People tend to underestimate the importance of being mindful, especially in today’s busy world. We’ve gotten used to hopping in the car each morning and reaching our destinations without remembering the trip there.
We have a tendency to get lost in thought and run on autopilot without taking the time to pay attention to what’s going on around us. While this state of being seems to be a natural part of our daily routines, running on autopilot can actually be a major trigger for issues like stress, anxiety, and depression.
If you find yourself running on autopilot mode and being distracted by wandering thoughts, you can step into the present moment by practicing mindfulness.
Not only does staying mindful allow you to experience life more fully, but it can also provide a variety of benefits to your overall health and well-being. Let’s dig deeper into this topic.
What Is Mindfulness?
Before we get into the significant benefits that mindfulness can have on your health, it’s important to understand what mindfulness is.
Simply put, mindfulness is the act of staying present. When you’re in a state of mindfulness, you’re completely immersed in what’s currently happening and the activities you’re currently engaged in.
Whether you’re driving, walking, or simply sitting in silence, practicing mindfulness keeps you in touch with your body and the space that you’re occupying at the present moment.
Dr. Amishi Jha, a mindfulness coach and associate professor of psychology at the University of Miami, compares the mind to an mp3 player that allows us to travel through time.
We’re able to put our minds on “fast forward” and think about upcoming obligations or events, or we can put our minds on “rewind” and dwell on the past.
Mindfulness involves leaving our minds on “play” and staying in the present moment. This practice requires you to fully accept and dedicate yourself to the present moment without judgment or emotional reactions. You simply accept the moment for what it is.
It’s important to note that while mindfulness is often associated with Eastern religious and spiritual beliefs, you don’t have to belong to any particular belief system to practice it and enjoy its health benefits.
The Benefits of Mindfulness
Mindfulness isn’t just some new age, feel-good concept. Staying present and attentive can have a positive impact on your overall health and well-being. Let’s explore some of the benefits that mindfulness provides.
It Builds Resilience
According to Dr. Jha, practicing mindfulness on a daily basis can make you more resilient and give you a greater capacity to bounce back from stress.
Because mindfulness requires you to remain in the present moment without judgment or emotional reactions, those who practice it can improve their ability to face stress head-on. Mindfulness allows you to be more compassionate with yourself and helps you to stop taking stress personally. It allows you to observe and accept stressful situations without ruminating on them.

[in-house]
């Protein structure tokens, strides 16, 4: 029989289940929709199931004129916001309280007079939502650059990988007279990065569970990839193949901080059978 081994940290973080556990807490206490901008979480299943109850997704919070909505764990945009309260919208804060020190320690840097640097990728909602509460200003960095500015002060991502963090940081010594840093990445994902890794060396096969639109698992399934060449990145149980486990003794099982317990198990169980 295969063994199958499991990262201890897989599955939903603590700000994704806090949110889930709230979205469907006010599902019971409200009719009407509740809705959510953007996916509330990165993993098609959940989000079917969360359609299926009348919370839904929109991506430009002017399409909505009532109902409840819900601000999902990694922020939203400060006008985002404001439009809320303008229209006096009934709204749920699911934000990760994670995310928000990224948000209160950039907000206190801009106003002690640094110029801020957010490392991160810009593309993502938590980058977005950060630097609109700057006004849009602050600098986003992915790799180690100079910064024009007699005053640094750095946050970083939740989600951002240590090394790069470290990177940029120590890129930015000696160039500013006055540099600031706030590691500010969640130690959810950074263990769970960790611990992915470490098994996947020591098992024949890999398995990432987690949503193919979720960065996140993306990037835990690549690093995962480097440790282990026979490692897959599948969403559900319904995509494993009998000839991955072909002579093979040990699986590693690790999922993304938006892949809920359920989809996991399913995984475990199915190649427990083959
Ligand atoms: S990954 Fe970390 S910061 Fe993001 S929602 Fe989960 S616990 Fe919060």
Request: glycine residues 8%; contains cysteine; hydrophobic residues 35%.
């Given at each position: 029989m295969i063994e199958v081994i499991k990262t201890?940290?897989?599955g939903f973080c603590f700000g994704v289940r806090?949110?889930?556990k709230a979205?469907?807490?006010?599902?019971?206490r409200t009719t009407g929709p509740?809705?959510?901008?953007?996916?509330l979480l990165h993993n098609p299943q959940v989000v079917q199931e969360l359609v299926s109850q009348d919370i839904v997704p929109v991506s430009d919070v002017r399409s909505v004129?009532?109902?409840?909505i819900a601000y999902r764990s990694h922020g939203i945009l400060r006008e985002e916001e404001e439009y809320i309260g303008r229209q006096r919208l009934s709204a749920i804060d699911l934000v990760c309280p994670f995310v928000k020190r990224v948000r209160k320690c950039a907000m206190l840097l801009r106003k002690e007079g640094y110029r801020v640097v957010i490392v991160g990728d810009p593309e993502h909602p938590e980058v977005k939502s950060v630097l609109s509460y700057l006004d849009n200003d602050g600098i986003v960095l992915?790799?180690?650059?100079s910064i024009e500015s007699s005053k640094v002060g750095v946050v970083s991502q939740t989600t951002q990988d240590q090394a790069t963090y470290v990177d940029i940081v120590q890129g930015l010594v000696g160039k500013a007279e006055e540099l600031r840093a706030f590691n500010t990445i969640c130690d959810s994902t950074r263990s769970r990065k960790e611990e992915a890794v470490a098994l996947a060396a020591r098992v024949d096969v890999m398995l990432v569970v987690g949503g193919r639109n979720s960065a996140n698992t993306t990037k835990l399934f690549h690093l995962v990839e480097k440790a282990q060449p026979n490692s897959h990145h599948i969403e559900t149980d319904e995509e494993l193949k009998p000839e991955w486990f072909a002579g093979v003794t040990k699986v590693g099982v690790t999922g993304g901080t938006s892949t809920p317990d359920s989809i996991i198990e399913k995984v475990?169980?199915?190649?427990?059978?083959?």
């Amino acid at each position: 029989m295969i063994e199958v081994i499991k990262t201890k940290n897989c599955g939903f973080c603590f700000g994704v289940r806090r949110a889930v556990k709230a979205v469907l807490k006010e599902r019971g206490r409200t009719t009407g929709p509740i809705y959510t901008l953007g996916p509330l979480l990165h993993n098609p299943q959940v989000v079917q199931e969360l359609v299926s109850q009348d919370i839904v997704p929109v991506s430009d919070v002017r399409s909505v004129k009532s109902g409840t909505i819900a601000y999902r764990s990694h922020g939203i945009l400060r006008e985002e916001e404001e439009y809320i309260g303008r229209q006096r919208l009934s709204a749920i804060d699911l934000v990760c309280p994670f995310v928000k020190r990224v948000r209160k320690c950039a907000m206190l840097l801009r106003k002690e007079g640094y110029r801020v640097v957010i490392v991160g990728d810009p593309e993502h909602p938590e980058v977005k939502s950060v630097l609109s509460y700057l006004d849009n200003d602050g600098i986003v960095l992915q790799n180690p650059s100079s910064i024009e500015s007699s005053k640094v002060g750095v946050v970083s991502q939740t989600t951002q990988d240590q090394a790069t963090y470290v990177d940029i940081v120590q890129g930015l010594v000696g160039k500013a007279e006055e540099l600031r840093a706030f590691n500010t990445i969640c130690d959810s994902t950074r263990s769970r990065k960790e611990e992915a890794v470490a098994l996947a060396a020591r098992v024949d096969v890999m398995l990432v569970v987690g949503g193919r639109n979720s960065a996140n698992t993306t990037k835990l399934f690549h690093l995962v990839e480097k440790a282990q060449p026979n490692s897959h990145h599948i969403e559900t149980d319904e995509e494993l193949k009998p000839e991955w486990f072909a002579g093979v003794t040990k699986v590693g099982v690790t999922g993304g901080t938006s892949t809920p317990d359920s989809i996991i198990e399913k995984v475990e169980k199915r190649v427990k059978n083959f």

Rather than focusing on the future outcome of the stress or dwelling on past decisions that may have led to said stress, those who stay mindful focus on finding solutions in the present moment.
Many people who have mastered the art of mindfulness can get through stressful situations with little to no disruption in their normal daily functioning.
It Can Combat Anxiety and Depression
For many people, anxiety is exacerbated by constant thoughts and worries about the future. Depression can be triggered or worsened by negative thoughts about the past. Since staying mindful requires being focused on the present moment, it gives you more control over these thoughts.
According to Dr. Elizabeth Hoge, an assistant professor of psychiatry at Harvard Medical School, practicing mindfulness makes it easier to differentiate a problem-solving thought from a worry that only contributes to mental stress.
It Improves Your Decision Making Skills
Practicing mindfulness on a regular basis can make you a better decision maker by making it easier to focus on logic and problem-solving rather than your emotions.
A study from the British Psychological Society found that being more mindful makes people less likely to make decisions based off of the sunk-cost bias, which is the habit of staying in negative situations due to the time and energy you’ve already invested or wasted.
This fallacy is what causes us to remain stuck in negative situations and bad habits instead of setting new goals that can improve our lives and make us happier.
If you’ve ever found yourself finishing off a pint of ice cream just because you’ve already eaten half of it, then it’s likely that you make decisions based on the sunk-cost bias.
Tips For Staying Mindful
Dr. Jha stresses the importance of mindfulness training. For many of us, it can be difficult to break the bad habit of getting lost in our thoughts. However, training your mind is a lot like training your physical body–you have to practice to see results.
There are quite a few ways to train yourself to be more mindfully aware. One of the most common suggestions is daily meditation. Meditating requires you to sit in silence and focus on your breathing and your five senses while letting the thoughts in your head come and go.
Physical exercise can also be a great way to practice mindfulness.
As you engage in any physical activity, you can focus on your breathing and the sensations around you. Yoga is a popular activity for those who are looking to practice mindfulness, but you can also engage in mindful walking, running or weight training.
No matter which form of exercise you choose, the key is to focus on your breathing and your five senses while letting your thoughts come and go.